Daniel D. Tompkins

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Daniel D. Tompkins (June 21, 1774 – June 11, 1825) was an entrepreneur, jurist, Congressman, the fourth Governor of New York, and the sixth Vice President of the United States.



Tompkins was baptised Daniel Tompkins, but added the middle initial "D." while a student at Columbia College to distinguish himself from another Daniel Tompkins there. There is controversy as to what the middle initial stood for; some have suggested "Decius".[citation needed]

Early life and career

Tompkins was born in Scarsdale, Westchester County, New York at his home, the estate of Fox Meadow.[1] He graduated from Columbia College in New York City in 1795. Tompkins studied law and in 1797 was admitted to the bar, practicing in New York City. He was a delegate to the New York State Constitutional Convention in 1801, a member of the New York State Assembly in 1804, and was elected to the 9th United States Congress, but resigned before the beginning of the term to accept, at age 30, an appointment as associate justice of the New York Supreme Court, in which capacity he served from 1804 to 1807.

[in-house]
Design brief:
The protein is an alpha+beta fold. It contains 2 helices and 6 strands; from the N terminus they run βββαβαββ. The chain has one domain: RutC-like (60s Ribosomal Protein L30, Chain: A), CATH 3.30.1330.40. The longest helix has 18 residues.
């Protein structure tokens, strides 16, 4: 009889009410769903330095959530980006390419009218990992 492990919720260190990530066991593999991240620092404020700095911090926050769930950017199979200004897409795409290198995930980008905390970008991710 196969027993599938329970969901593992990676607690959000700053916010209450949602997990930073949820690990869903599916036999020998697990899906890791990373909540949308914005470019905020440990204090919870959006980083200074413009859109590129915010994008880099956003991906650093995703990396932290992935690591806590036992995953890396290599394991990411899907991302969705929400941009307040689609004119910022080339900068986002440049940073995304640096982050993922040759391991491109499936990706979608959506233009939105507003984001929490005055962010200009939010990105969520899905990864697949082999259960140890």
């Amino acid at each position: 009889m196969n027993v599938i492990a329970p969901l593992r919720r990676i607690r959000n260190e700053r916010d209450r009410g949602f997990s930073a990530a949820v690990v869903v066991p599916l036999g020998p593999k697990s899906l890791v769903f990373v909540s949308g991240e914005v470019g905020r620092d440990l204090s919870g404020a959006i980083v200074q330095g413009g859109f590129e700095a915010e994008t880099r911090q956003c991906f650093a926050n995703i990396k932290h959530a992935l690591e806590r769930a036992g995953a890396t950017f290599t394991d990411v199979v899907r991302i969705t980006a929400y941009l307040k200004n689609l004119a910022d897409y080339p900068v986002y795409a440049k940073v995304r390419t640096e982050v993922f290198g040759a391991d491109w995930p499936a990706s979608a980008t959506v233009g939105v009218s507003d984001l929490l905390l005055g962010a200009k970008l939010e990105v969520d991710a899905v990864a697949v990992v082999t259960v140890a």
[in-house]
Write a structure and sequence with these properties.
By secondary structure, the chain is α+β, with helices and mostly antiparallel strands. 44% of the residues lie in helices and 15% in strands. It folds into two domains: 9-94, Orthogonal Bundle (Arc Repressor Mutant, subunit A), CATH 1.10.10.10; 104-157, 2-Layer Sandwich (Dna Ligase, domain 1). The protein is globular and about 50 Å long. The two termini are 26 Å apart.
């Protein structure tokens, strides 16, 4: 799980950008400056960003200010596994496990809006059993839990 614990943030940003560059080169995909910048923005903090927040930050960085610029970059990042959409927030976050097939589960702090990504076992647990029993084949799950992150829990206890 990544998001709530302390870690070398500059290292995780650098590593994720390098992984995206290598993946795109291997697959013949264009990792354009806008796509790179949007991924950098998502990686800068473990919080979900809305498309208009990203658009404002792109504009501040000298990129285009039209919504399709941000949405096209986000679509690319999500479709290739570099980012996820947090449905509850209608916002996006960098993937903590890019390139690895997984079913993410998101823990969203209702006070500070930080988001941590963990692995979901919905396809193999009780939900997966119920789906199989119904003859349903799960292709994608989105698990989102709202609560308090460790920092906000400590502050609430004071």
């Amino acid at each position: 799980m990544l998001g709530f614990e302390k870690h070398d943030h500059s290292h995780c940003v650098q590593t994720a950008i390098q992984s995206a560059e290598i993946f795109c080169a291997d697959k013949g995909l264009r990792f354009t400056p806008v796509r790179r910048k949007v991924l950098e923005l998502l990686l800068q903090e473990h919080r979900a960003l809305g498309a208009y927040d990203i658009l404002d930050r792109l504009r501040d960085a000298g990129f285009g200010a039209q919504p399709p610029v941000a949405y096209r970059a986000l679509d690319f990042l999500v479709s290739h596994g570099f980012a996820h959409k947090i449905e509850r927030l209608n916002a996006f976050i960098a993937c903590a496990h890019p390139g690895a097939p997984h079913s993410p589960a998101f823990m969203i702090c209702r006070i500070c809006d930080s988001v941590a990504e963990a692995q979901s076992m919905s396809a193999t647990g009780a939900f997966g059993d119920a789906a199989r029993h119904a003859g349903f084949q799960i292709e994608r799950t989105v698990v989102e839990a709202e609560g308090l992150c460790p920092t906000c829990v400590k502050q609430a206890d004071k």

On April 30, 1807, he defeated the incumbent Governor Morgan Lewis – Tompkins received 35,074 votes, Lewis 30,989  – and remained in office as Governor of New York until 1817. He was reelected in 1810, defeating Jonas Platt – Tompkins 43,094 votes, Jonas Platt 36,484. In 1813 he defeated Stephen Van Rensselaer – Tompkins 43,324 votes, Van Rensselaer 39,718 – and in 1816, he beat Rufus King – Tompkins 45,412 votes, King 38,647. He declined an appointment as United States Secretary of State by President James Madison.[when?]

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